From the feedback RMN received through the strategic planning surveys and the many conversations we’ve had with partners and collaborators, we understand that there is a measure of fear around developing stronger relationships with Central Conference leaders and lay people. A sample of the questions that challenge us includes:

  • Why bother working alongside United Methodists from the Central Conferences?
  • Why not just strengthen our progressive voice in the US?
  • Some of us are just overwhelmed by the idea of interacting with Central Conferences because of the seemingly vast differences in cultural and Christian experience.
  • Do we from the US believe we can partner with United Methodists in Africa and other Central Conference regions in a non-colonial manner?
  • Would restructuring the church into independent regions solve our differences?

Often, we associate change with loss of something near and dear to us. Our tendency is to think in terms of “Me, My Four, and No More.” Yet the letters from Paul to the early church teach us that we are all one body in Christ. When one part of the body rejoices, we all rejoice. When one part suffers, we all suffer. This message is echoed in the wise words of Rev. Dr. Martin Luther King, Jr.: “Injustice anywhere is a threat to justice everywhere. We are caught in an inescapable network of mutuality, tied in a single garment of destiny. Whatever affects one directly, affects all indirectly” (MLK, April 16, 1963 in Birmingham, AL). No matter what we ultimately decide our relationship with the global church will look like, we can’t escape the fact that we as Christians of The United Methodist Church are connected.

In my experience, many people living in African countries and other Central Conference regions share our inclusive values, including wanting our children to grow up in communities without fear of violence, having access to affordable healthcare and just employment, as well as full inclusion for LGBTQ people in the life of the church. Unfortunately, as progressive and moderate United Methodists, we have not invested much collective time, effort, or energy in developing meaningful relationships with our Central Conference sisters and brothers.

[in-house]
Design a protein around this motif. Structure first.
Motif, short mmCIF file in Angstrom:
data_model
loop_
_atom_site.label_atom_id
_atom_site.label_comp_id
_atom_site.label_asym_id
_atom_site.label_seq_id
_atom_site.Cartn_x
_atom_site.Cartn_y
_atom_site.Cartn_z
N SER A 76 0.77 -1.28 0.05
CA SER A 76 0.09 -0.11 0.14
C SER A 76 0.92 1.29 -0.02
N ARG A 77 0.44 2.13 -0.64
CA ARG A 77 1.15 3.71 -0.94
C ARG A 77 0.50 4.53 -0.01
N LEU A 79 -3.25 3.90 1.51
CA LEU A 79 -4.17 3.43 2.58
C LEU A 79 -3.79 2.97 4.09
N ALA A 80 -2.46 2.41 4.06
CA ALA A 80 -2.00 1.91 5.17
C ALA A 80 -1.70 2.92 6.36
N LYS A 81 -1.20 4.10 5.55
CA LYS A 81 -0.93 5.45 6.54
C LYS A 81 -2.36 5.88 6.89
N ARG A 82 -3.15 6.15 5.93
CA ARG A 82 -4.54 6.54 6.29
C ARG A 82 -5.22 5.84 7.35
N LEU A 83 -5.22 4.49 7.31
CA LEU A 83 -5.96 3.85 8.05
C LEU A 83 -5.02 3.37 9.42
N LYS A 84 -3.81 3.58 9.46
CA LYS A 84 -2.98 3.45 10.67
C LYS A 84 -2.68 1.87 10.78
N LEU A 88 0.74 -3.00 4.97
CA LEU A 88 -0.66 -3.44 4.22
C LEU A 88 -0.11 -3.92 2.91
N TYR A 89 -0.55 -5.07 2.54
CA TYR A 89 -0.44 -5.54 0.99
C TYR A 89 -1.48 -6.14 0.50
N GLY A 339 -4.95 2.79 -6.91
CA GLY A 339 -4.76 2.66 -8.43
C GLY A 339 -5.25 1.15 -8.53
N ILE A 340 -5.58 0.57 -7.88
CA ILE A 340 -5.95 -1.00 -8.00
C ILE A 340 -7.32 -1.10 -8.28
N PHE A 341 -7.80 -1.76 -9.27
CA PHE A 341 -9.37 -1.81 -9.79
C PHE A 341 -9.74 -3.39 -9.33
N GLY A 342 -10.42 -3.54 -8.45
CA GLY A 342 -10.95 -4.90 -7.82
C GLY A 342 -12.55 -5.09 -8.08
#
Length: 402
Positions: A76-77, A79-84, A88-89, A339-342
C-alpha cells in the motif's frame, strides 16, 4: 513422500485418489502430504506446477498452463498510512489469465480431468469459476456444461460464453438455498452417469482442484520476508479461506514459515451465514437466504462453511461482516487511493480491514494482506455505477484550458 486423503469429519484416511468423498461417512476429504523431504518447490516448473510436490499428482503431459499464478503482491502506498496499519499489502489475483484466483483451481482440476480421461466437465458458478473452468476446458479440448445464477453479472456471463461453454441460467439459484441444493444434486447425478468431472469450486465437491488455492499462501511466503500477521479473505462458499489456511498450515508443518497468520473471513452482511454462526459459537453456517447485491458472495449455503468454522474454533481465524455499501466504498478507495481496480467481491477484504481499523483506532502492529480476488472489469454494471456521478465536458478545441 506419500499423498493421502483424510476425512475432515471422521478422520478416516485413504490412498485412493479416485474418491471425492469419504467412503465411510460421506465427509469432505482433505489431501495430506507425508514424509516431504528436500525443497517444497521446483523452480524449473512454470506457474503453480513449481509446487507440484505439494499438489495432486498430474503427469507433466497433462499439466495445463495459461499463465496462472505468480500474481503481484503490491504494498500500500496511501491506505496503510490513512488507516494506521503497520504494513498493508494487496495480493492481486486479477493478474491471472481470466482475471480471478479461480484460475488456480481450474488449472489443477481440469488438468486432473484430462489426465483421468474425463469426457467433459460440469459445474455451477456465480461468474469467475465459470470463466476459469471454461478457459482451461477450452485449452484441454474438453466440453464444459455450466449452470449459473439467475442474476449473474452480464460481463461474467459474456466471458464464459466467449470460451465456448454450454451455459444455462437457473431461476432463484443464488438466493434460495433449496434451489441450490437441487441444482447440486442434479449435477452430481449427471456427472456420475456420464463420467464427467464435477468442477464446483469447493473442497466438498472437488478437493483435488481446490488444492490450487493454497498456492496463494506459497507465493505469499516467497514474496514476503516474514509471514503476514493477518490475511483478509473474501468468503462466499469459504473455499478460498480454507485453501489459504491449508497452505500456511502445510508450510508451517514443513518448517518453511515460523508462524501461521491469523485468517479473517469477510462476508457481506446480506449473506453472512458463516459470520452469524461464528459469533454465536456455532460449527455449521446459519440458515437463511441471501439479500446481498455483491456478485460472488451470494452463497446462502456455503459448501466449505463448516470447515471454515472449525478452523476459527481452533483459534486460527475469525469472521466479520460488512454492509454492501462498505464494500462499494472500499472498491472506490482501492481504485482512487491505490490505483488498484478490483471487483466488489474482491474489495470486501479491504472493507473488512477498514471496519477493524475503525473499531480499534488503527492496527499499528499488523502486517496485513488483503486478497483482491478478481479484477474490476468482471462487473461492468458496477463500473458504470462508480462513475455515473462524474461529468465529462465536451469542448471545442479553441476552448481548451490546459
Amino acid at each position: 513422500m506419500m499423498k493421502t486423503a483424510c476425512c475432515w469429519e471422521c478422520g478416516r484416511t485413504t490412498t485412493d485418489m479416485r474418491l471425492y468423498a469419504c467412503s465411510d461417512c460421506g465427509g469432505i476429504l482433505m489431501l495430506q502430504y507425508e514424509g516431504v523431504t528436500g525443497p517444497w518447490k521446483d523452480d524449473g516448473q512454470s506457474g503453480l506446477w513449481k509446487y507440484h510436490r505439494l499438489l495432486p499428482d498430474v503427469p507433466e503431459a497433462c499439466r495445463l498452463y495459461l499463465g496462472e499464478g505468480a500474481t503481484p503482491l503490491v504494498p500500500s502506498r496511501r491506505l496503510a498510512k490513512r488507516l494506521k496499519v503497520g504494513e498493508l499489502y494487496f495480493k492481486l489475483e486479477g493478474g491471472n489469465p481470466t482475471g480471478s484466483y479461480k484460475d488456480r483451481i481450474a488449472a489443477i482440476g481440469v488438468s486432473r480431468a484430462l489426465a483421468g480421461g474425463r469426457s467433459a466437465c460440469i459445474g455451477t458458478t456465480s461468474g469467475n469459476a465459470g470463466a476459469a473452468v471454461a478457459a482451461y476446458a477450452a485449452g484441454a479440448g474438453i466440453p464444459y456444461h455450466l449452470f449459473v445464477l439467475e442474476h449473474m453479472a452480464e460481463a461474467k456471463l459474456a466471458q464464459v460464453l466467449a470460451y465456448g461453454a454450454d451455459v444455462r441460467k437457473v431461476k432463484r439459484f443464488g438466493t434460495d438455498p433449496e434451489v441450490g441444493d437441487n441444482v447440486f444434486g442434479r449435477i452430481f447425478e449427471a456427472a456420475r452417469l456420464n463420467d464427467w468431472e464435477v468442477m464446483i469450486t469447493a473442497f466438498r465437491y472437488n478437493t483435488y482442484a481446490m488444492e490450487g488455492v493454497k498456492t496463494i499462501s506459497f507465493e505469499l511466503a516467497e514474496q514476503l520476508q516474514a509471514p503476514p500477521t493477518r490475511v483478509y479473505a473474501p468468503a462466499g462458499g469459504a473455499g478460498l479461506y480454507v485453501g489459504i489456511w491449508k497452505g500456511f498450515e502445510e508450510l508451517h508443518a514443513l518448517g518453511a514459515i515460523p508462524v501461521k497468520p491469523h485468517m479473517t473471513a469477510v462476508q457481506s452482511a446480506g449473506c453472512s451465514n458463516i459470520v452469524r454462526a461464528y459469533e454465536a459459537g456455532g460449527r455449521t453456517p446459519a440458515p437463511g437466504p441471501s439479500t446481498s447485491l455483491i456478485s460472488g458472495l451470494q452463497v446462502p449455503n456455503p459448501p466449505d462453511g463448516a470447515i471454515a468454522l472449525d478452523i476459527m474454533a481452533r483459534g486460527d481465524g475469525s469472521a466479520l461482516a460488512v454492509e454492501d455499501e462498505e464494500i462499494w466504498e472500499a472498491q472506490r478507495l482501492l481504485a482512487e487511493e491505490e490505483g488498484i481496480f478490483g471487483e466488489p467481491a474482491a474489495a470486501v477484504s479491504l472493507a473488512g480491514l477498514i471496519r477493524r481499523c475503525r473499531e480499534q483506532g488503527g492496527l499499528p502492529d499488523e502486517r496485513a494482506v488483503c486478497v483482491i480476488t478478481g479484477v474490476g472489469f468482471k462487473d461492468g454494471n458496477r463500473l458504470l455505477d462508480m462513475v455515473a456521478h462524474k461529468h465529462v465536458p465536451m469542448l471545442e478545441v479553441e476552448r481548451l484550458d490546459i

Jesus could always be found at the margins of society, caring for the sick, loving the poor, eating with the hungry. As Christians and human beings in general, we should be concerned about working towards freedom wherever oppression lives and thrives. Whether it is the full inclusion of LGBTQ people in the life of the church, working towards an end to violence against women, or an end to HIV/AIDS around the world, giving up is not an option. We are called by God to be a light for the whole world.

RMN Central Conferences Team

RMN has made some significant advances in building relationships with indigenous African leaders as well as in its understanding of culturally appropriate frames that anecdotally seem to advance the conversation on the moral equality of LGBTQ people on the continent of Africa. Over the next year, RMN will deploy a newly formed Central Conferences Team with the primary task of identifying and building relationships with progressive and moderate United Methodists in African Central Conferences. The Team will gather feedback, build a network for better and more secure communications, raise funds, as well as develop resources and materials with our US and Central Conference partners to help find common ground and learn how we can work together on social justice initiatives.

As we begin these efforts, the Central Conferences Team would love to hear your feedback. Please send any questions or comments regarding RMN’s work with Central Conferences to me (Derrick Spiva) at I look forward to hearing from you!

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